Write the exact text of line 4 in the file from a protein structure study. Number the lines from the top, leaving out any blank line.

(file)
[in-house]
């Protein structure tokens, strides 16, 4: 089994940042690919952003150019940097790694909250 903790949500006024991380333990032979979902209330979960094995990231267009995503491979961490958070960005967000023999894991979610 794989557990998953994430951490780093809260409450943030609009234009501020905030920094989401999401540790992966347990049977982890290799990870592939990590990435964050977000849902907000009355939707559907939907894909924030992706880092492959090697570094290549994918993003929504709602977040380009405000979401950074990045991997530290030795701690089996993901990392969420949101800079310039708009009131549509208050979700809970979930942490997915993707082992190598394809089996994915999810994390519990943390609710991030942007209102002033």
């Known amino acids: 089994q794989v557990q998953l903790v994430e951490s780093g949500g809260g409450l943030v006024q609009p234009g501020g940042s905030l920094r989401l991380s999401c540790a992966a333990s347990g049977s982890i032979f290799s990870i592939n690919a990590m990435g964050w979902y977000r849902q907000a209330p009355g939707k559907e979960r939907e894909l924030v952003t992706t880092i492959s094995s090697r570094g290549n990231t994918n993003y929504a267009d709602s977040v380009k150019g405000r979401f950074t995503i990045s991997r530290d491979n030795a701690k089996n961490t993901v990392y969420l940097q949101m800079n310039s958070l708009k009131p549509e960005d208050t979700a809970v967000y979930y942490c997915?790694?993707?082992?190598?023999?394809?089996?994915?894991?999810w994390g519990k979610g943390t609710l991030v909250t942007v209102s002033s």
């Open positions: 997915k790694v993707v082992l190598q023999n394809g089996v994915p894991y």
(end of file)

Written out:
């Open positions: 997915k790694v993707v082992l190598q023999n394809g089996v994915p894991y």